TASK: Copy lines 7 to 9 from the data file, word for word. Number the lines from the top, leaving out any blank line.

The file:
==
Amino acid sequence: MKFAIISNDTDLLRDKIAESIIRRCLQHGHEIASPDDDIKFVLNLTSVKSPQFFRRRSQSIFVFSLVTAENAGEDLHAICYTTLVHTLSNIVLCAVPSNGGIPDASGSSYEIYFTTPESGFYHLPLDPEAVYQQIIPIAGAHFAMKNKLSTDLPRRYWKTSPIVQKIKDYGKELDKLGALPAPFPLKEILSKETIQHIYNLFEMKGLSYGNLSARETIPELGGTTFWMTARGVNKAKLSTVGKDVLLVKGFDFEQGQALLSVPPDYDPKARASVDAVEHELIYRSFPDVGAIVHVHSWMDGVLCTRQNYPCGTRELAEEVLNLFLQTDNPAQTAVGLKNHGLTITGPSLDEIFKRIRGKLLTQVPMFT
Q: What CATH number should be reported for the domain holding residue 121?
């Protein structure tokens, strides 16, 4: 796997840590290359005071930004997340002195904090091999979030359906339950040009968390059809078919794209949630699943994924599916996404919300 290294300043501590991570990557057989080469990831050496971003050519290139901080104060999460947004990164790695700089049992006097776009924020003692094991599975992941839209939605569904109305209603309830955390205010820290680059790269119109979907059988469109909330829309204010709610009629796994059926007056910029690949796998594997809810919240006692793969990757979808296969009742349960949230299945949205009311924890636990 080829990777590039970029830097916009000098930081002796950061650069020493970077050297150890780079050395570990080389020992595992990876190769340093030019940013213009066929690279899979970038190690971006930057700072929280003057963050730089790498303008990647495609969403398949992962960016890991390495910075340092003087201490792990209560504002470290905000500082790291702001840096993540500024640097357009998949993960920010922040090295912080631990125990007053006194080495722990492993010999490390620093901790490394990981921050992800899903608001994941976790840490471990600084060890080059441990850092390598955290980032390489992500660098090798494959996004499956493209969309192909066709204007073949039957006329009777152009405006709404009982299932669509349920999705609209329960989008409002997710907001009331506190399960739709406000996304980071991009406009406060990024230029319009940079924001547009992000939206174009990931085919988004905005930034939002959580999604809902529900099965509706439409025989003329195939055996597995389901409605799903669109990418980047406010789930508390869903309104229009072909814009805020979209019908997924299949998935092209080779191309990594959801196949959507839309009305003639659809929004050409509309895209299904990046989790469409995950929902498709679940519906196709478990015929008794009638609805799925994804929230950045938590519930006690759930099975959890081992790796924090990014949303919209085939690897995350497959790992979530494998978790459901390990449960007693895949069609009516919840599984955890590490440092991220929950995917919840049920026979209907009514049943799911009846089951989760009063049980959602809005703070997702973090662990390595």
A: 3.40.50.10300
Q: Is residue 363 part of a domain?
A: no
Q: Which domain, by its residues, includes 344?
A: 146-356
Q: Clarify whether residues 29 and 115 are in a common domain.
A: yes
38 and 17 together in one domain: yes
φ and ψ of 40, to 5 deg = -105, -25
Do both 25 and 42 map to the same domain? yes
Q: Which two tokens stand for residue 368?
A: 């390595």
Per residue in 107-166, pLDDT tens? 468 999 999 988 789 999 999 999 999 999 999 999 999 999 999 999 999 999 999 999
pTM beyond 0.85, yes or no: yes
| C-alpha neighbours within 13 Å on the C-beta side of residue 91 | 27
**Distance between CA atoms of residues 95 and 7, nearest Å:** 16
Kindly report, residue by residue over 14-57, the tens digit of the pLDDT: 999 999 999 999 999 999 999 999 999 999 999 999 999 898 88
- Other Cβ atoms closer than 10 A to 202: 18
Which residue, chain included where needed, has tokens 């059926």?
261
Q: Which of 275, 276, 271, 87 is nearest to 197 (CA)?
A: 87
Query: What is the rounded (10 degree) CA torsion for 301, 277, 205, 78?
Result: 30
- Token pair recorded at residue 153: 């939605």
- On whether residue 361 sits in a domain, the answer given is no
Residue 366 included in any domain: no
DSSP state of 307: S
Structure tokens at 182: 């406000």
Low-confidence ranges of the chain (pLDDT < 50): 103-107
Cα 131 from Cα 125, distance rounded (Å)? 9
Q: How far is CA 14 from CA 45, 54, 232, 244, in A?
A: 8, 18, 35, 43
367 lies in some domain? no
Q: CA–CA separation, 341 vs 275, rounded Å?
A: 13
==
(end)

Q: Which domain, by its residues, includes 344?
A: 146-356
Q: Clarify whether residues 29 and 115 are in a common domain.